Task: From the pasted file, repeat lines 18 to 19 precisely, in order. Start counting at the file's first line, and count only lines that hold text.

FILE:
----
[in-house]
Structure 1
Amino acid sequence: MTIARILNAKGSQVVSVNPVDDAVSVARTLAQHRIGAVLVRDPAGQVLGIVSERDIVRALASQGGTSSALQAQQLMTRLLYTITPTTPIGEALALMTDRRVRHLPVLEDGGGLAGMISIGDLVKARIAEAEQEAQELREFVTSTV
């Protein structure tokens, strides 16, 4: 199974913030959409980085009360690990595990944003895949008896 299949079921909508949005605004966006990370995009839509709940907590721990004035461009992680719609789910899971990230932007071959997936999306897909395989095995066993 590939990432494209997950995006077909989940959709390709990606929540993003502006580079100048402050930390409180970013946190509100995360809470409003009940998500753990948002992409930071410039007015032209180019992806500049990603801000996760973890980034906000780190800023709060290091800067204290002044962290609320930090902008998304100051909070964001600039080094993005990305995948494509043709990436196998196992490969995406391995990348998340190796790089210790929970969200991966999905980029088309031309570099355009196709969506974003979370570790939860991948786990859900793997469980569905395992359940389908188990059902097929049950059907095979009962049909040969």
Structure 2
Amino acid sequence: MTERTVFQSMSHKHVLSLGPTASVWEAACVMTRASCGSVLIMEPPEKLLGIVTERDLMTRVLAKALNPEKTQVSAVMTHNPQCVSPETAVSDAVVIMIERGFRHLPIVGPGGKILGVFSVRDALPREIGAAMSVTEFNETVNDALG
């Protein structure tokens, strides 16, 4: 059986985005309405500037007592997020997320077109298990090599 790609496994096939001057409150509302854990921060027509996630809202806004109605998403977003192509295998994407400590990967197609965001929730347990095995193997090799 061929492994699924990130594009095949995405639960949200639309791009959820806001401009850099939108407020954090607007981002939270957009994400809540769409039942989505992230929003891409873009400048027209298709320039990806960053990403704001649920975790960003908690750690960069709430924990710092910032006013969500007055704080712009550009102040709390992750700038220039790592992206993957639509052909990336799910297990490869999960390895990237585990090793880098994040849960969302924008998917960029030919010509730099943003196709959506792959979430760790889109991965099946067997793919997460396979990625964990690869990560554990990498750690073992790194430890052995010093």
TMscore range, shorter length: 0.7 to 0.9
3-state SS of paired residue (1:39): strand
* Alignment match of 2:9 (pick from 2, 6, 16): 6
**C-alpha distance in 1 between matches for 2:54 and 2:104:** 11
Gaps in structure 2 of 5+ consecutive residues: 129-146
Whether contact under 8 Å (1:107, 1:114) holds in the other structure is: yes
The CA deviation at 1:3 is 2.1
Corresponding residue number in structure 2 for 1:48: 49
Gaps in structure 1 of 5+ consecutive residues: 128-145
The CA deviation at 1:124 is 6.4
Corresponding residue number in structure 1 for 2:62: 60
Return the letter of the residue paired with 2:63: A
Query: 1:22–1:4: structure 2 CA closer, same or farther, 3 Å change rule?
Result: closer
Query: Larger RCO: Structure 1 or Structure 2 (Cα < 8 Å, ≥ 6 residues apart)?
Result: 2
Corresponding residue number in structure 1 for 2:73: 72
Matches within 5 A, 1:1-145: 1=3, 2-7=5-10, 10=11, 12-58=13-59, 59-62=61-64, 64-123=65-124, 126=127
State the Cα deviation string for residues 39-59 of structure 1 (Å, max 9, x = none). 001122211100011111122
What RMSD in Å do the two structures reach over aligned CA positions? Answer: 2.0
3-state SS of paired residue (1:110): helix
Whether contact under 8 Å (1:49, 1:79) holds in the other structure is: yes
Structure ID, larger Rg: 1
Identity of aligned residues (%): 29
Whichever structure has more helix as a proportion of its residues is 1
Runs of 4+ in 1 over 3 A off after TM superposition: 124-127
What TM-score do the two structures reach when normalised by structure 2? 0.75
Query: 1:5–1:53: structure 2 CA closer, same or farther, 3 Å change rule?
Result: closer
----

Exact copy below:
Corresponding residue number in structure 1 for 2:62: 60
Return the letter of the residue paired with 2:63: A